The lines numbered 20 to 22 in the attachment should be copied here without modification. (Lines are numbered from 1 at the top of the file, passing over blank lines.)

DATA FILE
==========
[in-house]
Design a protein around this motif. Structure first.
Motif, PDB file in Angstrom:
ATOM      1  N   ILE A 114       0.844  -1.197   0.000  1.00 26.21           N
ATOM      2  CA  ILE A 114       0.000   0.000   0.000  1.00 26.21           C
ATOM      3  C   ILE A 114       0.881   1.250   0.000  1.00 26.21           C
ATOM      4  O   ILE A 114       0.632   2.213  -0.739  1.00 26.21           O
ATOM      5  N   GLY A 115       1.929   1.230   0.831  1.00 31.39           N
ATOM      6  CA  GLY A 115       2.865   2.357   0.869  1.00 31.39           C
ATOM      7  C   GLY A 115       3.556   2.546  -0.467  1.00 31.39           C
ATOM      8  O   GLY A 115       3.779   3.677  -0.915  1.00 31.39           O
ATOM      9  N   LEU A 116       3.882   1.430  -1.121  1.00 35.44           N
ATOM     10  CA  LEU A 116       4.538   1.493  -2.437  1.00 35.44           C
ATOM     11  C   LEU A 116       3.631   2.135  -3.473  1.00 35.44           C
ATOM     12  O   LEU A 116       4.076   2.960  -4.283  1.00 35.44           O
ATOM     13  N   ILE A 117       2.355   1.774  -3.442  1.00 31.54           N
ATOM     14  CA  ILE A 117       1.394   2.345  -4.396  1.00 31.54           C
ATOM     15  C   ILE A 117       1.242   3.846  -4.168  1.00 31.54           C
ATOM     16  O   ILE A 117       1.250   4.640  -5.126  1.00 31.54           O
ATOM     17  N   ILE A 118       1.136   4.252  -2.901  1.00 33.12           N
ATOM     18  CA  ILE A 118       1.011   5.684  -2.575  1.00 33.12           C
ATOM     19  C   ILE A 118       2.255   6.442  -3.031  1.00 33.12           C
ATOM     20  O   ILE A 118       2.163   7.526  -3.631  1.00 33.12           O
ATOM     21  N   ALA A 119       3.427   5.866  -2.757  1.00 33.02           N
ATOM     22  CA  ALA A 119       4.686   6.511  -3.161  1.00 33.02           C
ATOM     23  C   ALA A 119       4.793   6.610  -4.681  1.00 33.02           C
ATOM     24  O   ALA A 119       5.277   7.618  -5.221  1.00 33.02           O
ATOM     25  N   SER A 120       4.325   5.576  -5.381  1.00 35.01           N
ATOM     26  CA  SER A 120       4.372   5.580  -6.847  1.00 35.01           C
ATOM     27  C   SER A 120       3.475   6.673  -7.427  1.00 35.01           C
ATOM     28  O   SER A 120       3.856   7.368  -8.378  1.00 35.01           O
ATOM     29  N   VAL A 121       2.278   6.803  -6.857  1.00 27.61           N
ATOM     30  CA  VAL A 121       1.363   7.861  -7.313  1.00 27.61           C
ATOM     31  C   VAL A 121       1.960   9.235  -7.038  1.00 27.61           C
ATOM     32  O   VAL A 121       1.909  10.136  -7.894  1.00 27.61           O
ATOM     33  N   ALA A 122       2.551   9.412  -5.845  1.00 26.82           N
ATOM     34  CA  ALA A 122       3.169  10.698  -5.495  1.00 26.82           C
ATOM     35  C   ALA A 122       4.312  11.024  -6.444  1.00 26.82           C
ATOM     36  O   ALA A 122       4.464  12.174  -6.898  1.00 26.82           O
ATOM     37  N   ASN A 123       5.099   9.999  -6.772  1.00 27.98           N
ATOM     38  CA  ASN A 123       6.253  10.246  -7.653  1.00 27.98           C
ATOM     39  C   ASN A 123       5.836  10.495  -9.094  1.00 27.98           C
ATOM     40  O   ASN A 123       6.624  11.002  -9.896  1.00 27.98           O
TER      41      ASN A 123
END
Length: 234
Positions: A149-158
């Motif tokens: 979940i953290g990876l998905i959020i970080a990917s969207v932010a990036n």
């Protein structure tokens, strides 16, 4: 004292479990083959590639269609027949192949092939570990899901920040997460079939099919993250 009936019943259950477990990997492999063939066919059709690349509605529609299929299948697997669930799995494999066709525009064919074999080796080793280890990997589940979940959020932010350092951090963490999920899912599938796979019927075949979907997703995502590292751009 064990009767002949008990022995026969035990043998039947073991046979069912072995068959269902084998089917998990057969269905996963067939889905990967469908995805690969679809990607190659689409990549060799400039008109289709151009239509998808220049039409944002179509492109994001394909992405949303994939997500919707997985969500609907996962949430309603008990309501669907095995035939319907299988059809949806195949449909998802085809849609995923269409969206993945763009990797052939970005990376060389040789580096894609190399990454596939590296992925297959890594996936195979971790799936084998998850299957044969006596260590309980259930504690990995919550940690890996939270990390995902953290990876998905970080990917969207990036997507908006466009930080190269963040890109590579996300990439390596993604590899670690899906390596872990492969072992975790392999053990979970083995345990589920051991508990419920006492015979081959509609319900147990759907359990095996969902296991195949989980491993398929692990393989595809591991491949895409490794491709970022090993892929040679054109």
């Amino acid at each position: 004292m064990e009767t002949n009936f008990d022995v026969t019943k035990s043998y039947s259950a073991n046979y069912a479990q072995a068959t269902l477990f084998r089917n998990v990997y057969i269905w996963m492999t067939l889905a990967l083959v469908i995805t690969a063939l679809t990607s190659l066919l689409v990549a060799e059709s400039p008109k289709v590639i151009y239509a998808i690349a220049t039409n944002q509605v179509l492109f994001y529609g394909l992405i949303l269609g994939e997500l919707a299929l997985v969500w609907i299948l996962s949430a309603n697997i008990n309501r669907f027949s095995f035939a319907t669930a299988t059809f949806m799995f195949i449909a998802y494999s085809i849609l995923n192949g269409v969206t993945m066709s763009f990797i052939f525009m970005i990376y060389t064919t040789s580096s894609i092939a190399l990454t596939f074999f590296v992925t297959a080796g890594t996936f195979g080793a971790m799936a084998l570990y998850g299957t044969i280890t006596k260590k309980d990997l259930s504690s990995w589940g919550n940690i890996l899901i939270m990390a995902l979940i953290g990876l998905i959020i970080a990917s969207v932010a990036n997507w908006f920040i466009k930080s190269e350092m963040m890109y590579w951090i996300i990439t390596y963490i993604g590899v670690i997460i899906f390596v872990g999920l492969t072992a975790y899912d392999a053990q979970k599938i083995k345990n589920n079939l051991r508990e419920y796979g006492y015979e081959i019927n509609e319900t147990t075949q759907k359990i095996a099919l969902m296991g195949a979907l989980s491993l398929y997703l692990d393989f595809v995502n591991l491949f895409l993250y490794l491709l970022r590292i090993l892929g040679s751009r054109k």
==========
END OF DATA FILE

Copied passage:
ATOM     17  N   ILE A 118       1.136   4.252  -2.901  1.00 33.12           N
ATOM     18  CA  ILE A 118       1.011   5.684  -2.575  1.00 33.12           C
ATOM     19  C   ILE A 118       2.255   6.442  -3.031  1.00 33.12           C